KC: Going back to the art history, what kind of art do you like best?

CB: it changes on what i see i think. sometimes i like impressionism, but i really like post-impressionism a lot. some of the more modern art i like as well. i like going to a museum and just wandering around.

KC: You could volunteer to be a docent at one of the Smithsonian museums.

CB: yeah, i've thought of that. i think that would be really cool to do someday. right now, i just don't have enough time. i volunteer for the junior league and they have a program to be a part of the corchran gallery in dc, but it's a three year committement and classes, etc.

KC: Yeah, lack of time is the eternal problem in life. Speaking of time and life, what are some of the things you absolutely want to do before you die?

CB: wow - there are so many things that i would love to do. some of my dreams are to travel all around the world and see everything i can, all the usual ones people say - african safari or hike to machu picchu. but i also want to try and live in some of those places. but other than traveling, i think i would really have to think about it. dying seems pretty far away right now. i try and do everything i can now and take advantage of opportunities - i figure that way i'll always be working towards doing everything i can before i die. and when i get some time to think about it, hopefully i'll already have done most of the things i wanted to, does that make sense?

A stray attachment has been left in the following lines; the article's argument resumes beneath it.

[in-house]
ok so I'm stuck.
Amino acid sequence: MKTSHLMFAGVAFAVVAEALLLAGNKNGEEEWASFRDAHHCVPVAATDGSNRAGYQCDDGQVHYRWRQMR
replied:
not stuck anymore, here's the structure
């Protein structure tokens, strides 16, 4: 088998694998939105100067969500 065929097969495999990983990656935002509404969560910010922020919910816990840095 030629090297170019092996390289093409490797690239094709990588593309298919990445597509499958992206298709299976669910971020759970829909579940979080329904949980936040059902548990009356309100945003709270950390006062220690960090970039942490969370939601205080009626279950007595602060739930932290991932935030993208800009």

KC: Sure. Now tell me what is your biggest pet peeve?

CB: nail filing. i can't stand to hear people filing their nails. it's like hearing nails on a chalkboard. i don't know what some of my other pet peeves are. nothing too big i guess if i can't seem to remember them.

KC: Which characteristic in people do you find most annoying?

CB: when people always try to one up you, like i say i had a bad day, and the other person says, i had a bad day and proceeds to tell you why it was so much worse than yours. that's annoying. i can't think of any others right now, but i'm sure i could come up with some - it would just have to be right when someone was doing something that annoyed me.

KC: When have you been most hurt by a person?